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Author Topic: Economics question  (Read 4395 times)
MilitiaJim
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« on: November 27, 2007, 01:55:47 PM »

So in "typical" fantasy worlds the dwarves are miners, engineers and crafters of solid tools.  Elves tend to be more magical but are known for fine quality jewelry and fine light weapons. 

Where do the elves get the metal? 
Did they always trade with the dwarves for ore or ignots of metal? 
Where did they get their metal when they were at war with the dwarves?

I was unable to come up with satisfactory answers, I think y'all can help.

BRGDS,
-Stew
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« Reply #1 on: November 27, 2007, 02:17:53 PM »

Maybe the elves conjured it by condensing magical essence into incredibly hard, but light-weight, bands similar to metal which were woven into armor.


or, maybe the dwarves mine both adamantite and mithril, but no self-respecting dwarf would use mithril as armor.  Only the weakest would need to lighten the armor like that, and it didn't offer as much protection as adamantite, anyways.

The elves on the other hand love the stuff, and buy most of it from the dwarves.  In exchange, the elves provide magical enchantments superior to anything the dwarves could manage.

The dwarves and elves still really don't like each other (much the same way I really hate pushy salespeople), but economics would be a factor in any decision either side made in going to war.

However, if they did go to war, I bet the elves have a war surplus in mithril to help hold them out through the war and the dwarves have more than one customer when it comes to manufactured goods.

Also, it would be an excellent oppurtunity for smugglers when 2 sides economically dependent on each other went to war.

Hmm, that sparked a new idea for a game.
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« Reply #2 on: November 27, 2007, 02:32:11 PM »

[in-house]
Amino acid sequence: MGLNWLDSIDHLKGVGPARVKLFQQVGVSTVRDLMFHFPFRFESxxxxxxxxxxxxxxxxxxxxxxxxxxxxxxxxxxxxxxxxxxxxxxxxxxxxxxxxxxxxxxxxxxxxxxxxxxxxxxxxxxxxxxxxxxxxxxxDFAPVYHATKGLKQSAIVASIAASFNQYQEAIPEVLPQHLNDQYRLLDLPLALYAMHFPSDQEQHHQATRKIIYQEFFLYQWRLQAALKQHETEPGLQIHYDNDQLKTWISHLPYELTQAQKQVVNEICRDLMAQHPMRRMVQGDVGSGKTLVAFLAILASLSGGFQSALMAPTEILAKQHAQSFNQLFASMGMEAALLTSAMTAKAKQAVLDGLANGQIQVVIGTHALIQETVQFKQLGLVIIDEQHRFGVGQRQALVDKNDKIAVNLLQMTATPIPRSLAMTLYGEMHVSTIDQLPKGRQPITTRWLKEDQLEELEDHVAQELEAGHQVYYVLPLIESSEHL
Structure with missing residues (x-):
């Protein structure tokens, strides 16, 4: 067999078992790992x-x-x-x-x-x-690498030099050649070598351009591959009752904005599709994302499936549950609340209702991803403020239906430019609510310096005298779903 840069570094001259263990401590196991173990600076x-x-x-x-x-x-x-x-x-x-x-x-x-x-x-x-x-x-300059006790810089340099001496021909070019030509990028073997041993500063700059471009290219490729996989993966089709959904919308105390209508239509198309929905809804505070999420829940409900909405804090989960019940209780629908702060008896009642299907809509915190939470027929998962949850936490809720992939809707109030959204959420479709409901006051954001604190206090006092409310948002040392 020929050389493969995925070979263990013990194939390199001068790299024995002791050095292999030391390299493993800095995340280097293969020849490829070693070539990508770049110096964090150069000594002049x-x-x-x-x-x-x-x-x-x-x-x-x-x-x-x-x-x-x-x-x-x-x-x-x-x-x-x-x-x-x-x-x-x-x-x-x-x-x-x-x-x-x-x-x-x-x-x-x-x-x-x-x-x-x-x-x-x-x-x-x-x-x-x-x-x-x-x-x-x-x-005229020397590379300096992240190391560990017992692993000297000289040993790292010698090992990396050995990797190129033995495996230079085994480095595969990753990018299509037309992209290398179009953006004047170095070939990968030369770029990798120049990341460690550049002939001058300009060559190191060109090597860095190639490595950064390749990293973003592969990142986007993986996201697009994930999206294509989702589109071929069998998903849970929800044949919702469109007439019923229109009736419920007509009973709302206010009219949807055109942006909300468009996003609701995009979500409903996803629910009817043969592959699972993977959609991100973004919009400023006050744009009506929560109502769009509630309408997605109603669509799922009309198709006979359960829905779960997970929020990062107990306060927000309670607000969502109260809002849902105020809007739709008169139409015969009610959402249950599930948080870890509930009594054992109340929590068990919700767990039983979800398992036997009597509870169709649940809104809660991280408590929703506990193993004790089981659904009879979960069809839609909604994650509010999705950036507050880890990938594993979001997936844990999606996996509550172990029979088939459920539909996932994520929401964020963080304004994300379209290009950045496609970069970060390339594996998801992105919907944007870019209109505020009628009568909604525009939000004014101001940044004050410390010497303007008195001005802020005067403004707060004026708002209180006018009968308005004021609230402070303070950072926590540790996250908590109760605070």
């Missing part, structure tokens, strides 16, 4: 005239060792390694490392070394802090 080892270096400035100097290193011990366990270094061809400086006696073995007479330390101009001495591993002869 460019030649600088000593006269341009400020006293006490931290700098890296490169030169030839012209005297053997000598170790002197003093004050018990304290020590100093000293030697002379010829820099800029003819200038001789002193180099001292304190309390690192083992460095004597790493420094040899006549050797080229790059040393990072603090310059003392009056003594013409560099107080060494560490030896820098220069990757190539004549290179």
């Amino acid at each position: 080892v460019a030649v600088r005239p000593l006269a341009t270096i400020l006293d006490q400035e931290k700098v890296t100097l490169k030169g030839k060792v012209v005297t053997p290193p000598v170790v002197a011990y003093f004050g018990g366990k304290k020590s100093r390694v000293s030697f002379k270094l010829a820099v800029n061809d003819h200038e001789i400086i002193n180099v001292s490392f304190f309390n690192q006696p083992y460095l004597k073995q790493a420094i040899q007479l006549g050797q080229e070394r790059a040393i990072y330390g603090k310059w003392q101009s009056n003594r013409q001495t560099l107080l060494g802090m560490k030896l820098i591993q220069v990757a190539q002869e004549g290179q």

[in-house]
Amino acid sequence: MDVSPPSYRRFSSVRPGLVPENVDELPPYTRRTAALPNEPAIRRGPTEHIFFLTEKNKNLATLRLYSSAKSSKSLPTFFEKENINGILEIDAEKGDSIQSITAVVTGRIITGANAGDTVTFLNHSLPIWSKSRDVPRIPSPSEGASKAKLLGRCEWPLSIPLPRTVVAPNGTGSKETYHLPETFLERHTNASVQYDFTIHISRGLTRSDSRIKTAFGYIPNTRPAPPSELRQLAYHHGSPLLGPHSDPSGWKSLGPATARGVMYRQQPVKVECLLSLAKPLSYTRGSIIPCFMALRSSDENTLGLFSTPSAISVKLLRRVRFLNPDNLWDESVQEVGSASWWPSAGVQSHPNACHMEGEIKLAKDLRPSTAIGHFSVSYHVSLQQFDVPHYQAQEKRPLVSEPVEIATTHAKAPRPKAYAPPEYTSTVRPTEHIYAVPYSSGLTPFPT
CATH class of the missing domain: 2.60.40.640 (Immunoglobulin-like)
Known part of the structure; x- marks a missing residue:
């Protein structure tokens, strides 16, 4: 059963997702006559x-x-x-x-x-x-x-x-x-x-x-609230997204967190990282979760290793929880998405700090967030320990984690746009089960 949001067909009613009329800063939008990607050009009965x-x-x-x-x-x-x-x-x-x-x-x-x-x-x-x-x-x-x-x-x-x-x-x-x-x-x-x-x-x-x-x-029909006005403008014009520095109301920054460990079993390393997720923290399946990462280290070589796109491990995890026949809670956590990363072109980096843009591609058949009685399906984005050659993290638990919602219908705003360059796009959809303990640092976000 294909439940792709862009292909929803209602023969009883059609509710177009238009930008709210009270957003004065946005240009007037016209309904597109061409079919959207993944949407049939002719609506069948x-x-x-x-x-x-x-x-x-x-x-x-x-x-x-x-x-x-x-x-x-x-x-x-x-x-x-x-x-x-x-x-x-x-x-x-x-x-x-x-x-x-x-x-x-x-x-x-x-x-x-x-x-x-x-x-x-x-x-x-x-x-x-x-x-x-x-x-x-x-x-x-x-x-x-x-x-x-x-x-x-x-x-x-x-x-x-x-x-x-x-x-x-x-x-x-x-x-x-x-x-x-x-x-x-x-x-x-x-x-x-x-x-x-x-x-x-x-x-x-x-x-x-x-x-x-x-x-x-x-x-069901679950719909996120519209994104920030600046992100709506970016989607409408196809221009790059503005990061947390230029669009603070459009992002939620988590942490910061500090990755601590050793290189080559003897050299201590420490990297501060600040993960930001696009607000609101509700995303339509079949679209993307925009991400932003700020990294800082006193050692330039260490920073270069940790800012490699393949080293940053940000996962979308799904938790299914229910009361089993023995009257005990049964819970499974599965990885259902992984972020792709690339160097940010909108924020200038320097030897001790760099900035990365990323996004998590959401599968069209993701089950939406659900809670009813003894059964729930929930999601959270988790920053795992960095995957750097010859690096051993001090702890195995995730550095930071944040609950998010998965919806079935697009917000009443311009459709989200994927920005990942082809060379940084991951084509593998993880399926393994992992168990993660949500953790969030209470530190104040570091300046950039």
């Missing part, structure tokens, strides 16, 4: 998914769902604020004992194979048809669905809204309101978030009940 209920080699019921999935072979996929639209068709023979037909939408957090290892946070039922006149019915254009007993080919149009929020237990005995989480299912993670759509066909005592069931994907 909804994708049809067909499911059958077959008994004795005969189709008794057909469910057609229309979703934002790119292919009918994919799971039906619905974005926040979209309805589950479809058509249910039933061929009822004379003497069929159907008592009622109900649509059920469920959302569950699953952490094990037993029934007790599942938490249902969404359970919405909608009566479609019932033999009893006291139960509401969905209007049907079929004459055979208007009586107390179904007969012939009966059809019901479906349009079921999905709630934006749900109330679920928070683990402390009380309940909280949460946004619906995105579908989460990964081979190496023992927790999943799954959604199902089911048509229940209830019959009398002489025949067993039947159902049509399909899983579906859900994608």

Similar thoughts, and I would suggest that there must be a lot of intermediary groups that they could trade with.  I'm reminded of Friedman's pencil speech where he makes the point that the thousands of people involved most likely come from regions of the world that are at war with one another, but economics brings them together for peaceful purposes:

http://www.youtube.com/watch?v=d6vjrzUplWU
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« Reply #3 on: November 27, 2007, 03:05:50 PM »

I'm sure Dwarves don't have exclusivity on mining... Humans, do it in the real world, I don't see why they couldn't in a fantasy world, there's also many other races out there that could mine just as easily.
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« Reply #4 on: November 27, 2007, 03:42:03 PM »

Dwarves may not be the only miners, but comparing human operated mining operations to dwarven mining operations is like comparing GIANT Company Software to Microsoft.  The humans won't have anywhere near the quantities and selections the dwarves have.  Sure, there may be some rogue elements in society that will buy from the former rather than the latter, but in the end the dwarves rule that market.

Edit: Also, the dwarves close-knit clan-based, almost mafia-like, society prevents them from competing against each other as much as the humans (or other races) compete against each other.
« Last Edit: November 27, 2007, 03:45:03 PM by Bill Whitmore » Logged

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« Reply #5 on: November 27, 2007, 07:06:17 PM »

Yes, but I think the point is that the dwarves can still provide their product to the market, which can then deliver it to the elves, even though they won't trade directly with elves.
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Bill Whitmore
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« Reply #6 on: November 27, 2007, 07:32:50 PM »

True, but maybe they threaten to impose sanctions against those they catch selling to the ones they are at war with, in this case the elves.

For instance, when the dwarves find out that the humans are still selling dwarven steel to the elves, the dwarves cut-off all trade with the humans and open up trade with the drow, who also war against the elves and to a lesser extent the humans.  While there may be some internal dissent in working with the drow, no one speaks openly against the clan (except maybe a PC dwarf), or it could be the last straw and Viva La Dwarf Resistance!  (Yes, they are french Dwarves.)

(I am mostly talking out of my arse here, but it is good fun anyways.)
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« Reply #7 on: November 27, 2007, 07:40:22 PM »